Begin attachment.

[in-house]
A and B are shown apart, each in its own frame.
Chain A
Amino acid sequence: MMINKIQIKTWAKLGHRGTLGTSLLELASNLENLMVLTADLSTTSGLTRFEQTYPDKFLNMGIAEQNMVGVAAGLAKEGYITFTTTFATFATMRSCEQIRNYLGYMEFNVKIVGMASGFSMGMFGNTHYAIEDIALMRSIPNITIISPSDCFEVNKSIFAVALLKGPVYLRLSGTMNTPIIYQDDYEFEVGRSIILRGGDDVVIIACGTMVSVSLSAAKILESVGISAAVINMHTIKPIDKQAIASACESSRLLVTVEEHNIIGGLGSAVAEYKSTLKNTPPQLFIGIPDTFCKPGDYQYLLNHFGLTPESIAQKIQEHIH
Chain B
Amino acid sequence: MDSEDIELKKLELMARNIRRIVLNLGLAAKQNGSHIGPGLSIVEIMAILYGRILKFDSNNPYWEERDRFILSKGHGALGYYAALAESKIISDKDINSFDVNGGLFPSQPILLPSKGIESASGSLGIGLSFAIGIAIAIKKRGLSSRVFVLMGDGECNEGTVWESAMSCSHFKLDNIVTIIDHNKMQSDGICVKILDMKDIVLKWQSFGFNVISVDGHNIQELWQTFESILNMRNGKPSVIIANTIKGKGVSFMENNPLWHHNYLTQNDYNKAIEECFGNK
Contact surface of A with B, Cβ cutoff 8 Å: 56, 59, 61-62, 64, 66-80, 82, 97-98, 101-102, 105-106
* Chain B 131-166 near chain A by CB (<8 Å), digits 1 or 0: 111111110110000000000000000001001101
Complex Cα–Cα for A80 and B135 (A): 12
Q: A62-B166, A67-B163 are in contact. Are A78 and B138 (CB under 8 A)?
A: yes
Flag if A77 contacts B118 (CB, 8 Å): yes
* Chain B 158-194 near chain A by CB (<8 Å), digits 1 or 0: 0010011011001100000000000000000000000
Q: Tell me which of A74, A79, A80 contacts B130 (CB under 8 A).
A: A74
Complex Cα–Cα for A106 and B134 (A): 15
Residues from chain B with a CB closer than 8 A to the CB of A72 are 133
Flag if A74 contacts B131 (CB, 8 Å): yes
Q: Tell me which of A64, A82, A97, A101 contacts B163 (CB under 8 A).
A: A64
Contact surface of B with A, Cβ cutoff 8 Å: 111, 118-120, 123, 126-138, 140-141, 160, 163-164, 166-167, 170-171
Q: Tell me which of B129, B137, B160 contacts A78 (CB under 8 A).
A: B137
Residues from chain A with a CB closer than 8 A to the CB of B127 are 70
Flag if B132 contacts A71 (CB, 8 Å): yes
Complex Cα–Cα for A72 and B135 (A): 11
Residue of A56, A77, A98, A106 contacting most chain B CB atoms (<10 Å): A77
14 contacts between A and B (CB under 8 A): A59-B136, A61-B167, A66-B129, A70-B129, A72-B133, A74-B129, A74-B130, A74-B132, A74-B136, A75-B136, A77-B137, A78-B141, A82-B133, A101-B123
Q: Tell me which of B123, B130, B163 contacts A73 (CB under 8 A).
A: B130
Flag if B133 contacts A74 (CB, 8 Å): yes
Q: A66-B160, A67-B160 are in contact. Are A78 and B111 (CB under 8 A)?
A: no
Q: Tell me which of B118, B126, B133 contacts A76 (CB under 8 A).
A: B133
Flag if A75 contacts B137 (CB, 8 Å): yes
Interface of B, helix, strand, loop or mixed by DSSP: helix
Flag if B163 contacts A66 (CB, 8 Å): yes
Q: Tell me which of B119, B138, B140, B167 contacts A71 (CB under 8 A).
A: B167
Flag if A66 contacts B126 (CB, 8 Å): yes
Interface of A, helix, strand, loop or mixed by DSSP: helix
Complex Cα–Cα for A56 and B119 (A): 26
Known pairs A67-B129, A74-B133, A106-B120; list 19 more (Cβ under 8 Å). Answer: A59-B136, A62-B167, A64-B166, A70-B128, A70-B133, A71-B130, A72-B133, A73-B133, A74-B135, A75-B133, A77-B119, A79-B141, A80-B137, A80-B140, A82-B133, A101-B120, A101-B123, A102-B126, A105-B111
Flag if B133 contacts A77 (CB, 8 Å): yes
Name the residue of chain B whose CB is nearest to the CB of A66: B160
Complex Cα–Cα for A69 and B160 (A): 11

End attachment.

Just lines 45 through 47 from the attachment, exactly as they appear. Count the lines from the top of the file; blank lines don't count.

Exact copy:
Flag if B133 contacts A77 (CB, 8 Å): yes
Name the residue of chain B whose CB is nearest to the CB of A66: B160
Complex Cα–Cα for A69 and B160 (A): 11